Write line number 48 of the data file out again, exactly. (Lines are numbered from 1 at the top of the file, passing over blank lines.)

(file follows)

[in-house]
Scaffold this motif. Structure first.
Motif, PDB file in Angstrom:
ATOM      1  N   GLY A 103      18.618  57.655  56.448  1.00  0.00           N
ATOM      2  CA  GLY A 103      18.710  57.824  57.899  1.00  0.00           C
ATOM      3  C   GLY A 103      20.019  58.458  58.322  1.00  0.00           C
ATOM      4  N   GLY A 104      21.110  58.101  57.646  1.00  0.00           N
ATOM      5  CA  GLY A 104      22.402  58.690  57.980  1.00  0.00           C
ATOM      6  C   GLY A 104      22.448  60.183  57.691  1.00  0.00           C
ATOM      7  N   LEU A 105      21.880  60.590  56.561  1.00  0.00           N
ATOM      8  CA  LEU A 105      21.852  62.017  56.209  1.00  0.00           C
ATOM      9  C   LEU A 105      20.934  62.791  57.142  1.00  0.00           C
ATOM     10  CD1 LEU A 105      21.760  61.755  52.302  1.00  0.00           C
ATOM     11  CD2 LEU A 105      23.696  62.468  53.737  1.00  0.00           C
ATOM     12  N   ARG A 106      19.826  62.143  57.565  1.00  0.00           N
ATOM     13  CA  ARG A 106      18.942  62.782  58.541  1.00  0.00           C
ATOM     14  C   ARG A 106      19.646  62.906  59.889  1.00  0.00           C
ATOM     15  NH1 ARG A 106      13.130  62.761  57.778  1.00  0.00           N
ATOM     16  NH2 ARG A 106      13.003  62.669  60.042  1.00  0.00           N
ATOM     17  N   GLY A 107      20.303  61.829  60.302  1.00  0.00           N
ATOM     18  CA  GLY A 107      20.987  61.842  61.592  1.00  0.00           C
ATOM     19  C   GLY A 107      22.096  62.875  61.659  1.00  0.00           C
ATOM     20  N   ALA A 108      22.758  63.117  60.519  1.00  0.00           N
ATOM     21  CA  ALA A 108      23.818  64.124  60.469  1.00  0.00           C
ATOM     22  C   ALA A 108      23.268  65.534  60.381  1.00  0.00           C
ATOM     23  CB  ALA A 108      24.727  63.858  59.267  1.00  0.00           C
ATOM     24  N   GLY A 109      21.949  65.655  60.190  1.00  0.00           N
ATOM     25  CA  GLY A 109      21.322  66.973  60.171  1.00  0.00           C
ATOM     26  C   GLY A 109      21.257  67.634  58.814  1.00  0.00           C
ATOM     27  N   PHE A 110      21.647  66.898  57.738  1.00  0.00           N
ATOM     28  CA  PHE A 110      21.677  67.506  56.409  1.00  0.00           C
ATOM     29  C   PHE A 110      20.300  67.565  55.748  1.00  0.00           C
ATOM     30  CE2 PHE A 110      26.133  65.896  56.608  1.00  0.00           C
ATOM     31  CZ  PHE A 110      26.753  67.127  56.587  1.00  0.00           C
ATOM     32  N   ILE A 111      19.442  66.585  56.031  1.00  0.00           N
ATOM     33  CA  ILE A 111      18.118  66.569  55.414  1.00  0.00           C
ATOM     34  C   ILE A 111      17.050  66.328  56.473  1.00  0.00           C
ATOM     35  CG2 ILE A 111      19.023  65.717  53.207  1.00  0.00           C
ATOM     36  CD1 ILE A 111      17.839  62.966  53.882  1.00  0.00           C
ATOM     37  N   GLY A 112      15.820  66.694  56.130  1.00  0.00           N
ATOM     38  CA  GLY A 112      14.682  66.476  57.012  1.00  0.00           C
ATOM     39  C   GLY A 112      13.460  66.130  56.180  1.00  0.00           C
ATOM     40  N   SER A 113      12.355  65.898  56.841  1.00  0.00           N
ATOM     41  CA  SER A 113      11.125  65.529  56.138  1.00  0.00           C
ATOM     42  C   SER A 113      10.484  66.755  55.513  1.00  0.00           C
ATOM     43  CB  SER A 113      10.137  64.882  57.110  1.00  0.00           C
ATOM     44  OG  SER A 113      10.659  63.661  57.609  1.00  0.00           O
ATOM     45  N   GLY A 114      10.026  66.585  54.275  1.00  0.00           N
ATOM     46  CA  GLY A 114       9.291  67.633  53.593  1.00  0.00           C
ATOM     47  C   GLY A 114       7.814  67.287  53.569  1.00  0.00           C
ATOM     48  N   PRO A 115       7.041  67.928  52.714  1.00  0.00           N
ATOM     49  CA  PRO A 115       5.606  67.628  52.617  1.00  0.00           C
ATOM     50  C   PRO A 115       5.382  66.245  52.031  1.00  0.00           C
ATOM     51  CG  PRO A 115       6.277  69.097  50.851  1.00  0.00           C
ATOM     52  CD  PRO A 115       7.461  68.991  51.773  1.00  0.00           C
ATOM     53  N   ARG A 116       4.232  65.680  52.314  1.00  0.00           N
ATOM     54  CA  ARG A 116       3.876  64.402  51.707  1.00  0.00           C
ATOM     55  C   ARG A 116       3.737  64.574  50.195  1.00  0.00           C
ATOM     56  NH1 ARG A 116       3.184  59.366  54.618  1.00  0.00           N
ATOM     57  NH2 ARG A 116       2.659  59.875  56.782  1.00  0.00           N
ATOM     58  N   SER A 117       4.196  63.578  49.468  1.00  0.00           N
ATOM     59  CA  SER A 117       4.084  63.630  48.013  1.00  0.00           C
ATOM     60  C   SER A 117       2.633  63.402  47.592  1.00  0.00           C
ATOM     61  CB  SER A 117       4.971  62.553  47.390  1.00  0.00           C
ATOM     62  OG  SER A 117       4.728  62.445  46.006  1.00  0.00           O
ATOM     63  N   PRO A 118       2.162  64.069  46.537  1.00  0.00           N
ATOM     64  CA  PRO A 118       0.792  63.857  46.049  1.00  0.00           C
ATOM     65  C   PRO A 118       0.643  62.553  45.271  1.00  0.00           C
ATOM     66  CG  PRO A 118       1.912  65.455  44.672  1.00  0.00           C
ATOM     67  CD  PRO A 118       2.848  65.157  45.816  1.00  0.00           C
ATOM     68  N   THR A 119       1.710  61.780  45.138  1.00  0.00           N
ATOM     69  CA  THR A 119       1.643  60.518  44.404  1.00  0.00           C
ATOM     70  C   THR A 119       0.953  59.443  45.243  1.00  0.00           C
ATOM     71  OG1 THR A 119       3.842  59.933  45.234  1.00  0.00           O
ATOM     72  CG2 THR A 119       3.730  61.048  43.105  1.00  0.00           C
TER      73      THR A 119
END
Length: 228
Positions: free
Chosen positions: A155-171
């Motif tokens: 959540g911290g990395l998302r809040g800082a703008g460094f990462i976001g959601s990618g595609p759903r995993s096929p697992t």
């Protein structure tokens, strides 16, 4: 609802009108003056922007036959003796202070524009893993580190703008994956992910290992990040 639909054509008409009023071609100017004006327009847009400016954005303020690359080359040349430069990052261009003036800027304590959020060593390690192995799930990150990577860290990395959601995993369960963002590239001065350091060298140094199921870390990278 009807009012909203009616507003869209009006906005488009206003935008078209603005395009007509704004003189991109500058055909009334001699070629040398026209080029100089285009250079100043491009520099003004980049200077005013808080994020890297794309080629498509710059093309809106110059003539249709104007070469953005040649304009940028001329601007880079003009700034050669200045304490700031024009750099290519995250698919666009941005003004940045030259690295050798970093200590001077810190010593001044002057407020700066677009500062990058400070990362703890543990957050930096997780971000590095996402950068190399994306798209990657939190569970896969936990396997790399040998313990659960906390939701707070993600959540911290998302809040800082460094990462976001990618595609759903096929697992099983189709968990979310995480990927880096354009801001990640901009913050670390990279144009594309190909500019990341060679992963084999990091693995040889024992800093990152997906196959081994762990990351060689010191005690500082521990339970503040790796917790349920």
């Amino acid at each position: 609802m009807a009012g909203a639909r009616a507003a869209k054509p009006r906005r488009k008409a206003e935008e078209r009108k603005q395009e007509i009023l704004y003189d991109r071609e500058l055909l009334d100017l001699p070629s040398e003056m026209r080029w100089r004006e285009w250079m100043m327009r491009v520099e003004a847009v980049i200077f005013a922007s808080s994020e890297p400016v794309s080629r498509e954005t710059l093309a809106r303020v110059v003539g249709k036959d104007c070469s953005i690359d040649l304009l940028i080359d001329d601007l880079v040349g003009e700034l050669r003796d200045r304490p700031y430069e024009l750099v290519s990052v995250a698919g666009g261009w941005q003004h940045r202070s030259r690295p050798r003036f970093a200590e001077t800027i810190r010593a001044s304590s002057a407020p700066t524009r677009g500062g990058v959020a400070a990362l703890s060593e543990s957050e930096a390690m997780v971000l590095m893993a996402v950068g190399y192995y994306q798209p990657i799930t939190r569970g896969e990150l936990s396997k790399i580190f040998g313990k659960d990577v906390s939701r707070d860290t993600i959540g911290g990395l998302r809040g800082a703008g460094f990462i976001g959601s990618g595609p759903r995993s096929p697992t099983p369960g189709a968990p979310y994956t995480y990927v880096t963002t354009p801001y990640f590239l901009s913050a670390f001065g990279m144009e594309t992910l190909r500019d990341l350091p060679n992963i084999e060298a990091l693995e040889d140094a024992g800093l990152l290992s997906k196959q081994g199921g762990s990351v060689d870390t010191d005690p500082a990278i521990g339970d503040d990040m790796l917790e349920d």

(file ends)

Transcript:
ATOM     45  N   GLY A 114      10.026  66.585  54.275  1.00  0.00           N